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Are You Using the Correct Grade of Raw Materials to Minimize Risk, Increase Product Integrity?

Using the Correct Grade of Raw Materials to Minimize Risk, Increase Product Integrity

The need to comply with continually evolving regulatory requirements is placing an increasing strain on drug manufacturers. As they work to create new and effective drugs that adhere to these strict requirements, manufacturers have become more reliant on their raw material suppliers to ensure product compliance. It is paramount for them to find a supplier that not only meets the necessary regulations, but understands the way these requirements expand as a drug moves through the development process. Each individual company involved in the research, development, testing, and commercial manufacture of pharmaceutical products represents an important step in the process and affects the overall integrity of the supply chain.

An Expensive Process

Drug manufacturers invest a great amount of time and money in the research and development of new medicines. On average, the process from the discovery of a promising molecule (lead compound) to a marketable drug approved by regulatory authorities around the world, may take up to 15 years. Only one in 10,000 potential drug candidates may ever reach the pharmacy, and only one out of three of these drugs may ultimately recoup its initial development costs.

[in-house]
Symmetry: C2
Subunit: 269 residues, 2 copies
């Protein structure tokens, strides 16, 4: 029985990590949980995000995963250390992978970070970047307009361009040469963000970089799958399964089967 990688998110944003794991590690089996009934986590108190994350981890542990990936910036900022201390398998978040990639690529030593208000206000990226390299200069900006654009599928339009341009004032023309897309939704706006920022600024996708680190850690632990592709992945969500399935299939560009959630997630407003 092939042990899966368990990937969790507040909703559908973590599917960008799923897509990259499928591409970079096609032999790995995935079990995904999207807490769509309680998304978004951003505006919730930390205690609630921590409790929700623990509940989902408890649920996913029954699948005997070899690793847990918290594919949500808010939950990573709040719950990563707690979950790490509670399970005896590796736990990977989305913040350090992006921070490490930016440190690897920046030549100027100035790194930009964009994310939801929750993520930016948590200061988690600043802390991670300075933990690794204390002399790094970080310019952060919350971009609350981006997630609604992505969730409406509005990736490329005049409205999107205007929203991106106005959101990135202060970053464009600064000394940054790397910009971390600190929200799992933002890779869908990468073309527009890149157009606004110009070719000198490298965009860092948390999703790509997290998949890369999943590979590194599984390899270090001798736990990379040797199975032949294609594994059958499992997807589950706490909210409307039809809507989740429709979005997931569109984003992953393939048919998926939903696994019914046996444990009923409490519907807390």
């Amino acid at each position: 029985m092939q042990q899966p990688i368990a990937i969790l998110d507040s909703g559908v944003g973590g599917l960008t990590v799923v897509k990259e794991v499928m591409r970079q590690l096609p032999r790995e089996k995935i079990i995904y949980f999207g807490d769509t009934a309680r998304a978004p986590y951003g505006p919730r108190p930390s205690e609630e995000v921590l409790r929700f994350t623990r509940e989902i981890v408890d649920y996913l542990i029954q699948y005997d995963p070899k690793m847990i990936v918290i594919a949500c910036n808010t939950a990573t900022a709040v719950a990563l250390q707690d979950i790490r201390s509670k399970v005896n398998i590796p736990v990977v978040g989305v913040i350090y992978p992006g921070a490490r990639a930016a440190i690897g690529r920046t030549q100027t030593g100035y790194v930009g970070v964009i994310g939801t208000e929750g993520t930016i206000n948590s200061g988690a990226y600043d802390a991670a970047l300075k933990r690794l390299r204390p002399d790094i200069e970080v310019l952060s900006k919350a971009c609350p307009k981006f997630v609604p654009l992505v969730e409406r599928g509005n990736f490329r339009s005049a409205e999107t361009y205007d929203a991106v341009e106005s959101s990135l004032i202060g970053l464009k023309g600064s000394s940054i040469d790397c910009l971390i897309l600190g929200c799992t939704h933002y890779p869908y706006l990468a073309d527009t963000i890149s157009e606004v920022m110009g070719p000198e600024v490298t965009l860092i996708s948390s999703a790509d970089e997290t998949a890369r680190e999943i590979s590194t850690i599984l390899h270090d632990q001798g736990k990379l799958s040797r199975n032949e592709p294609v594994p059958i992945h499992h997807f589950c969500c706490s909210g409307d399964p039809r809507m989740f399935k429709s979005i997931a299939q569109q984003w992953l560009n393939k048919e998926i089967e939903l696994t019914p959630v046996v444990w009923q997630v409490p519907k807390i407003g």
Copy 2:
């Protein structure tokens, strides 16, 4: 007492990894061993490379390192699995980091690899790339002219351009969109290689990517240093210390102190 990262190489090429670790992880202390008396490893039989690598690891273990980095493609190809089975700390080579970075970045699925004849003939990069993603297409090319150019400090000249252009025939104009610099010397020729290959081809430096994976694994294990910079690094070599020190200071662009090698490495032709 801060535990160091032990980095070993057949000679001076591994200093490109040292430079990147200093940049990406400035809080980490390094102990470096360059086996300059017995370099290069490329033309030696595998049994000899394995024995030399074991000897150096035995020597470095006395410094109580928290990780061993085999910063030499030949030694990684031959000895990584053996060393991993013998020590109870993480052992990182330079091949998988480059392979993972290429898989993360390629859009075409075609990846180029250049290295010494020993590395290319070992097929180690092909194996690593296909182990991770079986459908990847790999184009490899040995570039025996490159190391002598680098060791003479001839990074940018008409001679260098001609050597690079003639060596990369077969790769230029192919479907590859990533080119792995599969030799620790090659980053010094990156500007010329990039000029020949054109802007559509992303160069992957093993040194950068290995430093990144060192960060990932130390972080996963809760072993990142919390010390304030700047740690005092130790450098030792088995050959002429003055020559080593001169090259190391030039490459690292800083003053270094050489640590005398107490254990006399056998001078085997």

During the scale-up phase of a product’s development, many companies find themselves in a situation where regulatory requirements for raw materials are less specific, and guidelines are more open to interpretation. Most companies will focus on reducing risk in their products by pursuing supply chain transparency, change management and extensive documentation. They may be willing to use non-critical raw materials that have consistency and control, but do not necessarily meet the same GMP (Good Manufacturing Practice) standards required of final drug products.

This approach changes as a company moves through the pipeline from research to commercialization, when the materials they use become subject to a grading system that defines whether they are compliant with industry regulations. This often means moving to a customized raw material rather than one that is available off the shelf.

Quality from the Start

As a product moves from lab scale research and development through each phase along the way to commercialization, the guarantee of no contamination becomes ever more crucial. Any lower grade or non-pharmaceutical grade substances used in manufacturing run the risk of containing < and/or higher levels of contaminants which could introduce unwanted experimental variables. This could have detrimental effects on the drug development process, and highlights the need for manufacturers to find the right balance between cost and quality.

Raw material risk decreases as quality level increases, as supported by supplier transparency and change control.